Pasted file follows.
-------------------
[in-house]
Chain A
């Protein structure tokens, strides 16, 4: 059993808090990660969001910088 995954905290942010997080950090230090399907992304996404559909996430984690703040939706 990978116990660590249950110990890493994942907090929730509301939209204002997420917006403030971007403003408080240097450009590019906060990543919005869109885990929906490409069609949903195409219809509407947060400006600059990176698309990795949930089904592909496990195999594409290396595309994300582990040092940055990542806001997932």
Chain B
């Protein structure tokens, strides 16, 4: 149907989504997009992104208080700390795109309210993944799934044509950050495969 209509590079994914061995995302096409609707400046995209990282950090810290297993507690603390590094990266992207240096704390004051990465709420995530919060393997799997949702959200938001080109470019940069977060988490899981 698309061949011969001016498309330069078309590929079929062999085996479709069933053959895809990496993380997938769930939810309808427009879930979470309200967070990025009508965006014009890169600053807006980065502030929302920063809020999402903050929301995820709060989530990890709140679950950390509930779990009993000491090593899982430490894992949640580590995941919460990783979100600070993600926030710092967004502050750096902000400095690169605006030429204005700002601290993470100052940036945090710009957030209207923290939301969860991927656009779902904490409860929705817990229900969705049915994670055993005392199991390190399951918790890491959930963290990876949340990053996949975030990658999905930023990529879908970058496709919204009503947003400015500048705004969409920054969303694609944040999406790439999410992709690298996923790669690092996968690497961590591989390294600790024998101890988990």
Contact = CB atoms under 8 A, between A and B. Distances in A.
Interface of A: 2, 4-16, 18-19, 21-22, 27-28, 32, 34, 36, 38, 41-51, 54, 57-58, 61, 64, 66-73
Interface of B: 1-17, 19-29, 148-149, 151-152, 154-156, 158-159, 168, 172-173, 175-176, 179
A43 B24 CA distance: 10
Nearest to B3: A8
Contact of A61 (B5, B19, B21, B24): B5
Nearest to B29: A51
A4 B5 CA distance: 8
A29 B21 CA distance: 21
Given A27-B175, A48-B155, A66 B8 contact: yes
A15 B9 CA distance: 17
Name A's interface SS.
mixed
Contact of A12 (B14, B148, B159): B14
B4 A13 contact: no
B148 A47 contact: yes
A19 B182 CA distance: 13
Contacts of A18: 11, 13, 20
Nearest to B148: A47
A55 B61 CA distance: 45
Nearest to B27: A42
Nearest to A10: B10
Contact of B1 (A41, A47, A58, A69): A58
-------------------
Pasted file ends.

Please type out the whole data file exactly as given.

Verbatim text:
[in-house]
Chain A
């Protein structure tokens, strides 16, 4: 059993808090990660969001910088 995954905290942010997080950090230090399907992304996404559909996430984690703040939706 990978116990660590249950110990890493994942907090929730509301939209204002997420917006403030971007403003408080240097450009590019906060990543919005869109885990929906490409069609949903195409219809509407947060400006600059990176698309990795949930089904592909496990195999594409290396595309994300582990040092940055990542806001997932």
Chain B
């Protein structure tokens, strides 16, 4: 149907989504997009992104208080700390795109309210993944799934044509950050495969 209509590079994914061995995302096409609707400046995209990282950090810290297993507690603390590094990266992207240096704390004051990465709420995530919060393997799997949702959200938001080109470019940069977060988490899981 698309061949011969001016498309330069078309590929079929062999085996479709069933053959895809990496993380997938769930939810309808427009879930979470309200967070990025009508965006014009890169600053807006980065502030929302920063809020999402903050929301995820709060989530990890709140679950950390509930779990009993000491090593899982430490894992949640580590995941919460990783979100600070993600926030710092967004502050750096902000400095690169605006030429204005700002601290993470100052940036945090710009957030209207923290939301969860991927656009779902904490409860929705817990229900969705049915994670055993005392199991390190399951918790890491959930963290990876949340990053996949975030990658999905930023990529879908970058496709919204009503947003400015500048705004969409920054969303694609944040999406790439999410992709690298996923790669690092996968690497961590591989390294600790024998101890988990």
Contact = CB atoms under 8 A, between A and B. Distances in A.
Interface of A: 2, 4-16, 18-19, 21-22, 27-28, 32, 34, 36, 38, 41-51, 54, 57-58, 61, 64, 66-73
Interface of B: 1-17, 19-29, 148-149, 151-152, 154-156, 158-159, 168, 172-173, 175-176, 179
A43 B24 CA distance: 10
Nearest to B3: A8
Contact of A61 (B5, B19, B21, B24): B5
Nearest to B29: A51
A4 B5 CA distance: 8
A29 B21 CA distance: 21
Given A27-B175, A48-B155, A66 B8 contact: yes
A15 B9 CA distance: 17
Name A's interface SS.
mixed
Contact of A12 (B14, B148, B159): B14
B4 A13 contact: no
B148 A47 contact: yes
A19 B182 CA distance: 13
Contacts of A18: 11, 13, 20
Nearest to B148: A47
A55 B61 CA distance: 45
Nearest to B27: A42
Nearest to A10: B10
Contact of B1 (A41, A47, A58, A69): A58